To represent oneself at trial or not. That is a question that most lawyers say is a no-brainer.

"It’s a trite colloquialism that a lawyer who represents himself has a fool for a client," said William Dow III, a criminal defense lawyer in New Haven. It "sounds like the attorney here intends to present an object lesson to reaffirm the accuracy of that truism."

Dow is referring to former White House lawyer, John Michael Farren, who has decided to represent himself in a case where he is accused of trying to kill his former wife, Mary Margaret Farren, who is also an attorney, in the couple’s New Canaan home about three years ago.

John Michael Farren was general counsel at Xerox Corp. in 2007 when he was named deputy White House counsel during George W. Bush’s second term. He was previously undersecretary for international trade in the Commerce Department under Bush’s father, President George H.W. Bush.

Police charged Farren for attacking his former wife with a metal flashlight the day after she served him with divorce papers. He has undergone psychiatric testing and has indicated his defense will be that he had a mental disease or defect at the time of the attack. Farren had retained two prominent attorneys to represent him — Eugene Riccio, of Bridgeport, and Timothy Moynahan, of Waterbury — but Farren told a judge the attorney-client relationship had turned "hostile."

Perhaps one point of tension is that Farren has lacked money to pay for his defense, a situation Farren has blamed on his wife denying him access to the couple’s funds.

Even though Farren acknowledged to Stamford Superior Court Judge Richard Comerford that he had never handled a criminal case before, he said he thought he could learn enough about criminal law to effectively represent himself. On April 12, Comerford officially decided to allow Farren defend himself, with Riccio and Moynahan serving as stand-by counsel.

To Dow, Farren "seems like a lawyer whose ego is disproportionate to the size of his pocketbook, i.e., a knucklehead with no money whose self-importance dwarfs his wallet."

In his role as his own defense attorney, Farren will be in a position to cross-examine his ex-wife, the woman he is charged with trying to kill. Shipman & and Goodwin lawyer James Bergenn said that face-off could be a "disaster."

"Can’t win that cross" in the eyes of the jury, Bergenn said.

No trial date has been set.

A former public defender in Connecticut for 33 years, the now-retired Robert Field said that "cross-examination of one’s own wife can be very tough as everyone in the courtroom will be examining every single body movement or facial expression or emotion that is elicited by questions. Testifying for oneself is also difficult — does the lawyer ask himself a question and then answer it? If he just recounts a story, the state may object that it is being denied the right to make objections in a timely fashion."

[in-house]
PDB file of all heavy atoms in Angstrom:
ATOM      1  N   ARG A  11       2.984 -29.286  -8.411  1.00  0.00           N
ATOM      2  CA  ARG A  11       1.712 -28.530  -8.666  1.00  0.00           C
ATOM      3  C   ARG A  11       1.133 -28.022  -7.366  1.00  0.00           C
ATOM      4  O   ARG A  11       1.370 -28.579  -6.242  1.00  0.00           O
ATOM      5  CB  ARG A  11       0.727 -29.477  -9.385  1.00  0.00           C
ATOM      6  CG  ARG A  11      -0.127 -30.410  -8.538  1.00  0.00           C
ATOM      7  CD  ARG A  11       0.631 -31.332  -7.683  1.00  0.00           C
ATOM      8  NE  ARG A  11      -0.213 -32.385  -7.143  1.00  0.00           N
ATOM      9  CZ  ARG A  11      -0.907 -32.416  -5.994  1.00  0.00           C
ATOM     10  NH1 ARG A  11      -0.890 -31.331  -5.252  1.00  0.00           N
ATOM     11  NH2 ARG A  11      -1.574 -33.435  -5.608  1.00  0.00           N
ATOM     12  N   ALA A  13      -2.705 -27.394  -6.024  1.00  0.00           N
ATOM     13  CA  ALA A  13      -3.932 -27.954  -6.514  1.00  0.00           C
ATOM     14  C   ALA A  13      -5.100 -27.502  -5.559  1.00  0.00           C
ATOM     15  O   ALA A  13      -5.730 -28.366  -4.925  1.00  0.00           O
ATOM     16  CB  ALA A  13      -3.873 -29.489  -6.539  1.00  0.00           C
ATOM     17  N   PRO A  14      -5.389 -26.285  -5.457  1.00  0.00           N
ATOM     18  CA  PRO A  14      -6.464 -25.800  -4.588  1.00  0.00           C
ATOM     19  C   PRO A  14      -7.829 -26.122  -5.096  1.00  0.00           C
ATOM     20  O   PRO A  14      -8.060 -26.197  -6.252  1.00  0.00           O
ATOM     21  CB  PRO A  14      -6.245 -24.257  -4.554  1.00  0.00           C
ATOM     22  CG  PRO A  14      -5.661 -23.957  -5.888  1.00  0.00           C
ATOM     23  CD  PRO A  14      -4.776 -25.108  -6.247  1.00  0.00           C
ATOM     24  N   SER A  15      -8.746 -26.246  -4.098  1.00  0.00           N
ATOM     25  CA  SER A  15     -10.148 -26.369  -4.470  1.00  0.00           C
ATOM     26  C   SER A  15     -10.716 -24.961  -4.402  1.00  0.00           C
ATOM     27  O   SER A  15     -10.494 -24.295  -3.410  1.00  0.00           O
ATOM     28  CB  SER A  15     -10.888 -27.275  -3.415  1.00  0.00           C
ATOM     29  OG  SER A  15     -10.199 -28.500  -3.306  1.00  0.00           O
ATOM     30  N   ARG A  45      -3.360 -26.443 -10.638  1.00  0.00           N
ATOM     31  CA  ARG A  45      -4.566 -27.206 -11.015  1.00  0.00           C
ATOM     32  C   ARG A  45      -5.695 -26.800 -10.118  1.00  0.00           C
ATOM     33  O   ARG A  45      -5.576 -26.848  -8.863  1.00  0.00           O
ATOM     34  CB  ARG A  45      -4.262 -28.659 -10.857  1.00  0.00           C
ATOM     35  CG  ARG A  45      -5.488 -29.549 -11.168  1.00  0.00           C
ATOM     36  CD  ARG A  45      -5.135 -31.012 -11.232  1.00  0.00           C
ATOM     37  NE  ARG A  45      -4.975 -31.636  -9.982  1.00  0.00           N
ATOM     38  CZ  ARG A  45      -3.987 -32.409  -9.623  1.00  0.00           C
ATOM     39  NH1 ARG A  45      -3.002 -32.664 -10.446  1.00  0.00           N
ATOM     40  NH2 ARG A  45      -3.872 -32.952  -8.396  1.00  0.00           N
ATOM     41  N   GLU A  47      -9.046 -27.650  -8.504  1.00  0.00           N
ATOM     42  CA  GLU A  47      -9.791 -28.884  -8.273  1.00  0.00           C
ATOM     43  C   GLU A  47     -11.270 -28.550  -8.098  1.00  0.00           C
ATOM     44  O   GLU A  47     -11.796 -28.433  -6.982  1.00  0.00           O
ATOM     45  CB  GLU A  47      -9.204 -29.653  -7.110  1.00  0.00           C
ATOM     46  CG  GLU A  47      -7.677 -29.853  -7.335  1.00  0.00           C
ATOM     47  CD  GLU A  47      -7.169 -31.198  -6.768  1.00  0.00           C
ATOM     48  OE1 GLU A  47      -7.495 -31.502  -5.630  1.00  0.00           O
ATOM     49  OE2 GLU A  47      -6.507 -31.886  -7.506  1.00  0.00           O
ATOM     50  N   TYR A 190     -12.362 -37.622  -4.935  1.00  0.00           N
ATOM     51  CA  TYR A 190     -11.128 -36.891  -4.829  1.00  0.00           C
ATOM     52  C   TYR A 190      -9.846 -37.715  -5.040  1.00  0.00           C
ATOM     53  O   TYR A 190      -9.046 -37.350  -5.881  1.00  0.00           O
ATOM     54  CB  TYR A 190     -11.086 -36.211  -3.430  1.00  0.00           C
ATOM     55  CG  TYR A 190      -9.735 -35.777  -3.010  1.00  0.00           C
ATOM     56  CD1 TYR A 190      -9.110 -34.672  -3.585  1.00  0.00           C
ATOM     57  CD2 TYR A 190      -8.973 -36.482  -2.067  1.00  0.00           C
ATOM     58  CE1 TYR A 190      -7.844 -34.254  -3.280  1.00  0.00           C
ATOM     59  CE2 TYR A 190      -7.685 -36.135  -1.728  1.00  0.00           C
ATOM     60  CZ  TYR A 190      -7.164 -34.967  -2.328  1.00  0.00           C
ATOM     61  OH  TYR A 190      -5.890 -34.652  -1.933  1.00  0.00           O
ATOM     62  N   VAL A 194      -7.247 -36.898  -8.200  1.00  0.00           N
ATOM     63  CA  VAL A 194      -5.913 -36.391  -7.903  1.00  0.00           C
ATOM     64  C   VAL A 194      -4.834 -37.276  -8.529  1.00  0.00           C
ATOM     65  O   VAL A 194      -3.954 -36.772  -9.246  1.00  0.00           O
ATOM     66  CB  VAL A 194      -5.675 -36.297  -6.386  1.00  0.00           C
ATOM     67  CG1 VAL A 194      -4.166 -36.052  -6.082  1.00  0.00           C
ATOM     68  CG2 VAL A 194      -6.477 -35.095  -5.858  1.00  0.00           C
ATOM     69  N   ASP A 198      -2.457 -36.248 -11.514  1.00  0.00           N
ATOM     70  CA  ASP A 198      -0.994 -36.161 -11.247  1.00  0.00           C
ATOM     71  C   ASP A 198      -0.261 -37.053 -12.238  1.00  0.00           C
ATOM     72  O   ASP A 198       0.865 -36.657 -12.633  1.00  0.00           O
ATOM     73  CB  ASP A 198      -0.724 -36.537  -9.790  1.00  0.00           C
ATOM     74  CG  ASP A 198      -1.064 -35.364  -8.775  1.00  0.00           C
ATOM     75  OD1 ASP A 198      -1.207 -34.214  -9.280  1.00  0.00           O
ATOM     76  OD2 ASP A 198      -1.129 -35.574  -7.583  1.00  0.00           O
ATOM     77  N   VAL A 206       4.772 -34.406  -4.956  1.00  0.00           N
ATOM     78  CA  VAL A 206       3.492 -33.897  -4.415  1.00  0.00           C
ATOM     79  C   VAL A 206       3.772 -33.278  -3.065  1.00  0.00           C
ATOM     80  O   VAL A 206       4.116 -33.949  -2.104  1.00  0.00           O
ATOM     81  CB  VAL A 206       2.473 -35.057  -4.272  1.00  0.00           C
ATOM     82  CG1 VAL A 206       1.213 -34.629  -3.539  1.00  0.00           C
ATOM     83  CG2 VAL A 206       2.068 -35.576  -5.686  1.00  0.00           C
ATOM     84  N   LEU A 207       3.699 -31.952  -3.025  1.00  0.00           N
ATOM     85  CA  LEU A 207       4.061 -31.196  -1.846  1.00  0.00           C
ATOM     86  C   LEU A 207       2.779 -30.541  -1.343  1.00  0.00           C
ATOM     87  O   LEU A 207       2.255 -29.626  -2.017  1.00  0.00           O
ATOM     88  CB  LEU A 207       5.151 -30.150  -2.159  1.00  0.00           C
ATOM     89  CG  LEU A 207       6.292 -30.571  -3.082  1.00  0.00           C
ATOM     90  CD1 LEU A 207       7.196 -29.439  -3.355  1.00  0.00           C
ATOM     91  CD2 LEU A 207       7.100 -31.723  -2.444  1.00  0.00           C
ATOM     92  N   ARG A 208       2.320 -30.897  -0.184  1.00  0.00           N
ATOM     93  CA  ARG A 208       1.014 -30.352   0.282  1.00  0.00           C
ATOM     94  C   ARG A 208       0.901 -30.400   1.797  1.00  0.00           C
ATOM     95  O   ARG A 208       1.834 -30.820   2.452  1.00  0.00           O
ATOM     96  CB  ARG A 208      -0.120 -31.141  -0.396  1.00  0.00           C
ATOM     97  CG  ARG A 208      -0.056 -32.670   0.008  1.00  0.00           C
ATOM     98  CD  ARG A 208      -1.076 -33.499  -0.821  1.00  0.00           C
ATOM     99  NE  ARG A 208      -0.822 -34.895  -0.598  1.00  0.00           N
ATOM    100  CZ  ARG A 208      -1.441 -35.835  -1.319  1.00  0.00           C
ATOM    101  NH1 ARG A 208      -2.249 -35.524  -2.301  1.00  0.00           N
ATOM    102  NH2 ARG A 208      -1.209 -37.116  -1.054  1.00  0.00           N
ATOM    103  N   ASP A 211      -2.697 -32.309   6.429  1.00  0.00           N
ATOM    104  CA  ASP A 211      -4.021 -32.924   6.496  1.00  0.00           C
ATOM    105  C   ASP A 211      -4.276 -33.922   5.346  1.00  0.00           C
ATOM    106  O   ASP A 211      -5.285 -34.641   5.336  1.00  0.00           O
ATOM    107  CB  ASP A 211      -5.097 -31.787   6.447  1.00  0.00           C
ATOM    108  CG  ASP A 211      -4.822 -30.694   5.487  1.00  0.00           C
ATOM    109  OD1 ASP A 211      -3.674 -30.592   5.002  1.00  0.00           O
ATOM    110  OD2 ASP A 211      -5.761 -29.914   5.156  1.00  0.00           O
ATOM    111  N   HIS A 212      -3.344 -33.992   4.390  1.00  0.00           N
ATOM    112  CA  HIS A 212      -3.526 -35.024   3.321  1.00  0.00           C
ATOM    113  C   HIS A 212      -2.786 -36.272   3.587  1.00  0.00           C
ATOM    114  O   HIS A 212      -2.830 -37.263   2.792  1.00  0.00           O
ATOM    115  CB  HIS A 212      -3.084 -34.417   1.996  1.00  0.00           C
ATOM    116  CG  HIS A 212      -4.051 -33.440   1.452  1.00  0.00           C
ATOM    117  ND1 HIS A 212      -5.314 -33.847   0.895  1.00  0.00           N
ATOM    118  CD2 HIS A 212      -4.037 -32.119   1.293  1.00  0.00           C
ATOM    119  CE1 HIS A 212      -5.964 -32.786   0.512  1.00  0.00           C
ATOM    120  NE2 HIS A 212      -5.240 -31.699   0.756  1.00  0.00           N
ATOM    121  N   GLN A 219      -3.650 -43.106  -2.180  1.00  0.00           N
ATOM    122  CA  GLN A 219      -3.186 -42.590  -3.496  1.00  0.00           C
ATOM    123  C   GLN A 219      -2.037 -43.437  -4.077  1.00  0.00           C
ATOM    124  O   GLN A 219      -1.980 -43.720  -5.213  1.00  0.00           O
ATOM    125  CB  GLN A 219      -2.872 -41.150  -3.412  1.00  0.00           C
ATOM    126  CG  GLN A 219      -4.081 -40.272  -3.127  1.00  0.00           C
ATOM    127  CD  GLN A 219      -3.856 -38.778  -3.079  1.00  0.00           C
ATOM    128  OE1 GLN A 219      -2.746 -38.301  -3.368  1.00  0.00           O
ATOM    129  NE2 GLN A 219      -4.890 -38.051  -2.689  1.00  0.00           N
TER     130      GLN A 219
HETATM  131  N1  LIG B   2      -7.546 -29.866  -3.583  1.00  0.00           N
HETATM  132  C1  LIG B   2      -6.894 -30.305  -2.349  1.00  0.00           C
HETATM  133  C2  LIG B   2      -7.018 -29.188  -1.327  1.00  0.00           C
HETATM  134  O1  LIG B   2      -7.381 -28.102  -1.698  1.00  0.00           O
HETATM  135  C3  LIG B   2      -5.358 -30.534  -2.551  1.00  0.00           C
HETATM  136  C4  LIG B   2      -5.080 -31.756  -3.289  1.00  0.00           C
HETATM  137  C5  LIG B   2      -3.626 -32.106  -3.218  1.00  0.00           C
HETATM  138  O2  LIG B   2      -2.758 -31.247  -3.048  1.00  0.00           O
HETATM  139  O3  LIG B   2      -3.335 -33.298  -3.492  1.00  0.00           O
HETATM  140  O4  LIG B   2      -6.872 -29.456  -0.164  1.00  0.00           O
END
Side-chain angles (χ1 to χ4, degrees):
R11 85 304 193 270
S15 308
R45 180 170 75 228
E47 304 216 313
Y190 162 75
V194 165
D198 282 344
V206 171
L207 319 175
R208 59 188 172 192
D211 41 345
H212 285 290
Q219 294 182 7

Field added that the "most troubling aspect" is the nature of Farren’s intended defense.

"Trying to establish a mental disease or illness which rendered one unable to appreciate the wrongfulness of one’s conduct or to conform his conduct to the requirements of the law, and presenting the case yourself is particularly burdensome," Fields said. "A judge or a jury will be constantly perceiving the defendant the way he is acting in court as an attorney in front of them each day, and it may be hard to think of him acting very different with a mental illness at the time of the alleged offense."

Milford criminal defense lawyer, John Walkley, is skeptical that Farren can learn enough about criminal procedure to be effective at trial. Walkley said that he was standby counsel for a lawyer, Leslie Barth, who was on trial in the early 1990s for wire fraud and related crimes. "It did not go well," Walkley said.

In 2004, Barth was convicted and sentenced to 15 years in prison in Bridgeport by U.S. District Judge Alan H. Nevas.

"He was an able attorney," Walkley said. "But he was not a criminal lawyer."

Walkley added: "The big thing is, you are going to be asking witnesses about you. Anytime a lawyer starts injecting himself, it’s odd." Equally odd, said Walkley, would be the defendant questioning himself if he takes the stand to testify. "I think the jury is going to look at that and everything is going to seem self-serving."

Finally, Walkley questioned whether the defendant’s judgment will most likely be clouded by his emotions. "I don’t know how you can think of things in a clear way," Walkley said.

Beyond the Barth case, the lawyers interviewed could not remember any other instances in Connecticut where an attorney facing such serious charges represented himself. Though, Dow said, "I do seem to recall that Clarence Darrow might have tried this once, and maybe also F. Lee Bailey."

Bailey, who defended Patty Hearst, represented himself in a $4 million tax case against the Internal Revenue Service. He ultimately won part of the case and lost other aspects. Darrow, who defended John Scopes, charged with teaching evolution, was his own lawyer in a case of attempting to bribe jurors, which resulted in a hung jury. •